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Emma Gonzalez on Pulse, Arming Teachers and an Assault Weapons Ban


After stunning the world at the March for Our Lives rally, the out survivor talks next steps.

Days after federal prosecutors dismissed the notion that a shooter knew Pulse was a gay nightclub before attacking it, Parkland, Fla., survivor Emma Gonzalez says she has no doubt the shooting was among many targeting LGBT people. "Pulse was most definitely, in part, a hate crime," says Gonzalez. "You can call it a terrorist attack as much as you want depending on the shooter's religious beliefs, but that was a gay nightclub. He could have gone anywhere."

Gonzalez offered the assessment during an interview with The Advocate. The Marjory Stoneman Douglas High School senior has traveled the country demanding that gun control measures be put in place following a February shooting that left 17 dead at her school. And as president of the Gay Straight Alliance on her campus, she says the 2016 shooting at Pulse that left 49 dead in Orlando also felt like a crime against her family.

While the shooting at Pulse prompted no significant changes to Florida's gun laws, the Parkland shooting prompted Gov. Rick Scott to sign the first significant gun control legislation to pass in the Sunshine State in two decades, increasing the age to buy assault-style weapons to 21 and putting in place a waiting period as well as strengthening background checks and committing $400 million to school safety and mental health solutions. The measure earned mixed reviews from Florida activists, and Gonzalez remains of two minds about the legislation as well.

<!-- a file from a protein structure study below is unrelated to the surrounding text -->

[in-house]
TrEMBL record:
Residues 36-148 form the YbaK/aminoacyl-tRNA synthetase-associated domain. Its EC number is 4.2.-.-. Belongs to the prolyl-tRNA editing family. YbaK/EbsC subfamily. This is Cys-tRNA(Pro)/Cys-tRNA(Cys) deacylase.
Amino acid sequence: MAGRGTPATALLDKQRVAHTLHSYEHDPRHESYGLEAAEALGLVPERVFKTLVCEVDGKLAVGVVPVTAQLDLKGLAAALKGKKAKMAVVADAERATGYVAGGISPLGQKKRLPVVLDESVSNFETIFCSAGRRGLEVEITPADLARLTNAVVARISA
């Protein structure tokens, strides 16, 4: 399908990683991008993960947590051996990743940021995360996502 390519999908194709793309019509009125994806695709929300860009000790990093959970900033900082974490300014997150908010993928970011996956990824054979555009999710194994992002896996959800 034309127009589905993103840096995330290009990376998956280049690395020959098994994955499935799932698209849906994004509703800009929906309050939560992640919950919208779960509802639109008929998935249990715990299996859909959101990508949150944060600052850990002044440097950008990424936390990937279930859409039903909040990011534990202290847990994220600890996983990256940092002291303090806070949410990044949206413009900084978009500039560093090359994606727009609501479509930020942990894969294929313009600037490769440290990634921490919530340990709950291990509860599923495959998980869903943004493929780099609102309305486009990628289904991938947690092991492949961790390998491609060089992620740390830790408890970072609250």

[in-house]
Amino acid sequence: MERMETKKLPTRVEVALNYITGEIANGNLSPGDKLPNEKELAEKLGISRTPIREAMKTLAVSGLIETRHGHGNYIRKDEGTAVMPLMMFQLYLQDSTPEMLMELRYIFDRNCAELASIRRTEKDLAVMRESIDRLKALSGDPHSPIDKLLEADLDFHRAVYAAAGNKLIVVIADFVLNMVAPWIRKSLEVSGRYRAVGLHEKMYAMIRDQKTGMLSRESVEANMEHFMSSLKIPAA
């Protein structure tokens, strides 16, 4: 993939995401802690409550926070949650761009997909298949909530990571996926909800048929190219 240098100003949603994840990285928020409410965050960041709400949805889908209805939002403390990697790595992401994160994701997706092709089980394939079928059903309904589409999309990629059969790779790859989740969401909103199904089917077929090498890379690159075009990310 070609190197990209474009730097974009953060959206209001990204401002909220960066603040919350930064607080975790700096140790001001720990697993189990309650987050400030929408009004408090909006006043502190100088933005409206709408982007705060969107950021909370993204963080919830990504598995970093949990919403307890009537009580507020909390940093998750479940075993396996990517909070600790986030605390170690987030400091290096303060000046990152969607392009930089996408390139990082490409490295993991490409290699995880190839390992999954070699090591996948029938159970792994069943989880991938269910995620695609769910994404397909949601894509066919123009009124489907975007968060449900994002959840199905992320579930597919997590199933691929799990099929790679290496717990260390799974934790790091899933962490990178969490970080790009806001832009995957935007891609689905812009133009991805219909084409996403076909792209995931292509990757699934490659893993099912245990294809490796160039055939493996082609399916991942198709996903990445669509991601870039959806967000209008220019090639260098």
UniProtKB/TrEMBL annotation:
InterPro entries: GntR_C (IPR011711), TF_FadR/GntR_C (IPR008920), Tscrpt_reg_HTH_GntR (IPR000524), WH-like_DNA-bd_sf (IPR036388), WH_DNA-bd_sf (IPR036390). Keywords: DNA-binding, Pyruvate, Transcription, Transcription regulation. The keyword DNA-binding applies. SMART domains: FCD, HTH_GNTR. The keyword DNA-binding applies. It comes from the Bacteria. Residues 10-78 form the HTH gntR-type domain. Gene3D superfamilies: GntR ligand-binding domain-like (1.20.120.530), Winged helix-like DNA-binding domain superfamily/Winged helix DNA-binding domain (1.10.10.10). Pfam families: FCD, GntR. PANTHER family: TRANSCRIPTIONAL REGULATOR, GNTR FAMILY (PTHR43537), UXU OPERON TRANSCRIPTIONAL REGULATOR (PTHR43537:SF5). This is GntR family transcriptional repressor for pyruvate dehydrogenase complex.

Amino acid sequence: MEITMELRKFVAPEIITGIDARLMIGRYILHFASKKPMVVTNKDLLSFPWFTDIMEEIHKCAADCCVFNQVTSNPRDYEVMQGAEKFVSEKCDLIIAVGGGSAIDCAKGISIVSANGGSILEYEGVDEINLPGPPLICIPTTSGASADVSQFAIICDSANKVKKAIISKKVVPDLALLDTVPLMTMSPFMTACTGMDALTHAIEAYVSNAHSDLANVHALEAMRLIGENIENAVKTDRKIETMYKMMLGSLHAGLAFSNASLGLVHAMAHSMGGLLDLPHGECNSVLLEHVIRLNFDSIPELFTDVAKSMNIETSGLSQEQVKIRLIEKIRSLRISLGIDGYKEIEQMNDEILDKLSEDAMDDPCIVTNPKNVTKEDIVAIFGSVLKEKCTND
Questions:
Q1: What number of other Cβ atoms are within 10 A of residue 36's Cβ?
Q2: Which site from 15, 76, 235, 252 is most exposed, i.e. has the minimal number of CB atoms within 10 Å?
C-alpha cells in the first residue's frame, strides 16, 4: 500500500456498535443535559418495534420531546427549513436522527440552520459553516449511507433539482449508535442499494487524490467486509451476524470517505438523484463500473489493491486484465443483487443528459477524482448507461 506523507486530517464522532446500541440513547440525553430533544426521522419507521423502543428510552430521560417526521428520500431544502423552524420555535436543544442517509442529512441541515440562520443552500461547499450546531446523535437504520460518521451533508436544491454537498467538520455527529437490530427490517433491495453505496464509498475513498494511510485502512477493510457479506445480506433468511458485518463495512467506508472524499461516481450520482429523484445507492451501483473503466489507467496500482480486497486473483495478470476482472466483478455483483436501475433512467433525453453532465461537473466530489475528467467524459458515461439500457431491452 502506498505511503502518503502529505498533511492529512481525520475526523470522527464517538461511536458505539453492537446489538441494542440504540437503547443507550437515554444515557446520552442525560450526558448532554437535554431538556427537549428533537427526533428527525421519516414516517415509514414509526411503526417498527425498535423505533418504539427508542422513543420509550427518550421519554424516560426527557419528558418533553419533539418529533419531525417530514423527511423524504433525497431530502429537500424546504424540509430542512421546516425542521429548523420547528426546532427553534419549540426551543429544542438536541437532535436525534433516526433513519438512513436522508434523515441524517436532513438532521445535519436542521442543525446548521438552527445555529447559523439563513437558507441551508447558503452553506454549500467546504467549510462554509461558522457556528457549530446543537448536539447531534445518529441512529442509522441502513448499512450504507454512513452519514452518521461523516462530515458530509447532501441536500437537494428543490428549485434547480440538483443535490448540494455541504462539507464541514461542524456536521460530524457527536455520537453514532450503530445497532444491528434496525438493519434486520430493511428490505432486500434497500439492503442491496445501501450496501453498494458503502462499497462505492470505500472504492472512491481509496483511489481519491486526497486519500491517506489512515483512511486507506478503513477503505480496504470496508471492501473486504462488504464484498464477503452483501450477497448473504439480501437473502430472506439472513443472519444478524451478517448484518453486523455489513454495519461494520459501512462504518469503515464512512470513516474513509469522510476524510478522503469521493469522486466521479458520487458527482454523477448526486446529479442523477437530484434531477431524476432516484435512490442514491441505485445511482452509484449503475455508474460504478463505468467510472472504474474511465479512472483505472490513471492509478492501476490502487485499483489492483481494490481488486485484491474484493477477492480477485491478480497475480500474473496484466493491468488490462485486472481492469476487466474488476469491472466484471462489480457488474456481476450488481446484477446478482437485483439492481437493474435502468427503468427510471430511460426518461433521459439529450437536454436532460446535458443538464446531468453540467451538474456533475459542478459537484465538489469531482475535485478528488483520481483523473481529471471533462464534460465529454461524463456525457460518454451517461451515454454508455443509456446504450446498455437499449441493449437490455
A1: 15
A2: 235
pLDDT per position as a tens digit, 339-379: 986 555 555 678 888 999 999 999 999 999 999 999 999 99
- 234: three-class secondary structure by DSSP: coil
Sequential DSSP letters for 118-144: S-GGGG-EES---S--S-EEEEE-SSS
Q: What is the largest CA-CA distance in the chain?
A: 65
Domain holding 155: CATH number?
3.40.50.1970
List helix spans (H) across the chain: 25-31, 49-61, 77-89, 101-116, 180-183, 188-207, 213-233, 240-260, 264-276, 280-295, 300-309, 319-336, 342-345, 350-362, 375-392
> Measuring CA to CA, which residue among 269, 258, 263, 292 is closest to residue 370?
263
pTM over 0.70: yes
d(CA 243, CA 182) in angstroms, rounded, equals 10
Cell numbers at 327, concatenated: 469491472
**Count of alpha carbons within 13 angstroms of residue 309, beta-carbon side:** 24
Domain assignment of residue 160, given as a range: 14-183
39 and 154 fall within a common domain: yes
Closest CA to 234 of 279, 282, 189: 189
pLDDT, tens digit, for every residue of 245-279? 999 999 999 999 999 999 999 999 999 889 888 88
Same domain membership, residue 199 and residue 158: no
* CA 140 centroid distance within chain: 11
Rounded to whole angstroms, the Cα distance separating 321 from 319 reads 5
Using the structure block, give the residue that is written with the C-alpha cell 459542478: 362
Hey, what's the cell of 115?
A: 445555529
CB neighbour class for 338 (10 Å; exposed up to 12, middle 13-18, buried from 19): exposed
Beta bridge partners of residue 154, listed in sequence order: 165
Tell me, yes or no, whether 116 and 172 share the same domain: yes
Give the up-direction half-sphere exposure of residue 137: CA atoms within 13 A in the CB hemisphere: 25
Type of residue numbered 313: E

"I hear a lot of people say, 'It's a Band-Aid for a bullet wound.' Nothing that has been implemented there could have prevented the shooting from happening at our school," Gonzalez says. "I personally am happy it happened because we need baby steps. We're not going to get an assault weapons ban right off the bat. We need little things to get us there."

But she calls a guardian program provision that could allow more school officials to carry firearms themselves a bad idea. "I know many teachers who would very happily quit their jobs before working on the same grounds as an armed teacher," Gonzalez says. "There's so many things wrong with it, but one of the many things is it just won't help and will only make things worse."

One thing she doesn't want to happen, though, is for lawmakers to declare the problem solved. What she fears is that politicians will decide they have placated the Parkland activists, then return to taking campaign donations from the National Rifle Association and blocking further reform.

"No," Gonzalez says. "That's not going to happen anymore."

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